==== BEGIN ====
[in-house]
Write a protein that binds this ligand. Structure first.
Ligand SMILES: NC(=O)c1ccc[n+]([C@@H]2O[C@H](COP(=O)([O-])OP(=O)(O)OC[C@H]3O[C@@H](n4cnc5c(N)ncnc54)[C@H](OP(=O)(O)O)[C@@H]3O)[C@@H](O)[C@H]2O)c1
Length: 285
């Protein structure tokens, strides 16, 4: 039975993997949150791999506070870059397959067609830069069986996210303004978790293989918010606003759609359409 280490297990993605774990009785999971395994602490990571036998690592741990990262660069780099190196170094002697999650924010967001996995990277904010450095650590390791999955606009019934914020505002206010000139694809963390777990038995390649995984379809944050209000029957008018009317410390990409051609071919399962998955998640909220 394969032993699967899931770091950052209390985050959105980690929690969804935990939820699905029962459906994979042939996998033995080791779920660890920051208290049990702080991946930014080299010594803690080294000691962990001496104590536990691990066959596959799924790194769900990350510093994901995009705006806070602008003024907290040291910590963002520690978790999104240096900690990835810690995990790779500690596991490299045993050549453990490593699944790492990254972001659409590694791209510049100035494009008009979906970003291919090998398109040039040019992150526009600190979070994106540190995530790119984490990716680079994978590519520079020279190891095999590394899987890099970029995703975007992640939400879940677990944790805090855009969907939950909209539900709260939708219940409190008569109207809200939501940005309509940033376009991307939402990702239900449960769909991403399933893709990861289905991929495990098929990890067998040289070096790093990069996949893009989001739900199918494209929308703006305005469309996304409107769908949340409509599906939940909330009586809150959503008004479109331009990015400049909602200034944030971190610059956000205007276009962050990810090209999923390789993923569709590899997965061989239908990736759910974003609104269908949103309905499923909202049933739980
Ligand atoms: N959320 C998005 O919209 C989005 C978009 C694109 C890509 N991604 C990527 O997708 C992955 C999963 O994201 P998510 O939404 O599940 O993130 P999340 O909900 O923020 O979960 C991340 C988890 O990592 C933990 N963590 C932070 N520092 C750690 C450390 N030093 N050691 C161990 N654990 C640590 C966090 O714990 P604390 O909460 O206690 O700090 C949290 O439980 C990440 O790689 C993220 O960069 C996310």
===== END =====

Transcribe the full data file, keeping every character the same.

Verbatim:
[in-house]
Write a protein that binds this ligand. Structure first.
Ligand SMILES: NC(=O)c1ccc[n+]([C@@H]2O[C@H](COP(=O)([O-])OP(=O)(O)OC[C@H]3O[C@@H](n4cnc5c(N)ncnc54)[C@H](OP(=O)(O)O)[C@@H]3O)[C@@H](O)[C@H]2O)c1
Length: 285
């Protein structure tokens, strides 16, 4: 039975993997949150791999506070870059397959067609830069069986996210303004978790293989918010606003759609359409 280490297990993605774990009785999971395994602490990571036998690592741990990262660069780099190196170094002697999650924010967001996995990277904010450095650590390791999955606009019934914020505002206010000139694809963390777990038995390649995984379809944050209000029957008018009317410390990409051609071919399962998955998640909220 394969032993699967899931770091950052209390985050959105980690929690969804935990939820699905029962459906994979042939996998033995080791779920660890920051208290049990702080991946930014080299010594803690080294000691962990001496104590536990691990066959596959799924790194769900990350510093994901995009705006806070602008003024907290040291910590963002520690978790999104240096900690990835810690995990790779500690596991490299045993050549453990490593699944790492990254972001659409590694791209510049100035494009008009979906970003291919090998398109040039040019992150526009600190979070994106540190995530790119984490990716680079994978590519520079020279190891095999590394899987890099970029995703975007992640939400879940677990944790805090855009969907939950909209539900709260939708219940409190008569109207809200939501940005309509940033376009991307939402990702239900449960769909991403399933893709990861289905991929495990098929990890067998040289070096790093990069996949893009989001739900199918494209929308703006305005469309996304409107769908949340409509599906939940909330009586809150959503008004479109331009990015400049909602200034944030971190610059956000205007276009962050990810090209999923390789993923569709590899997965061989239908990736759910974003609104269908949103309905499923909202049933739980
Ligand atoms: N959320 C998005 O919209 C989005 C978009 C694109 C890509 N991604 C990527 O997708 C992955 C999963 O994201 P998510 O939404 O599940 O993130 P999340 O909900 O923020 O979960 C991340 C988890 O990592 C933990 N963590 C932070 N520092 C750690 C450390 N030093 N050691 C161990 N654990 C640590 C966090 O714990 P604390 O909460 O206690 O700090 C949290 O439980 C990440 O790689 C993220 O960069 C996310």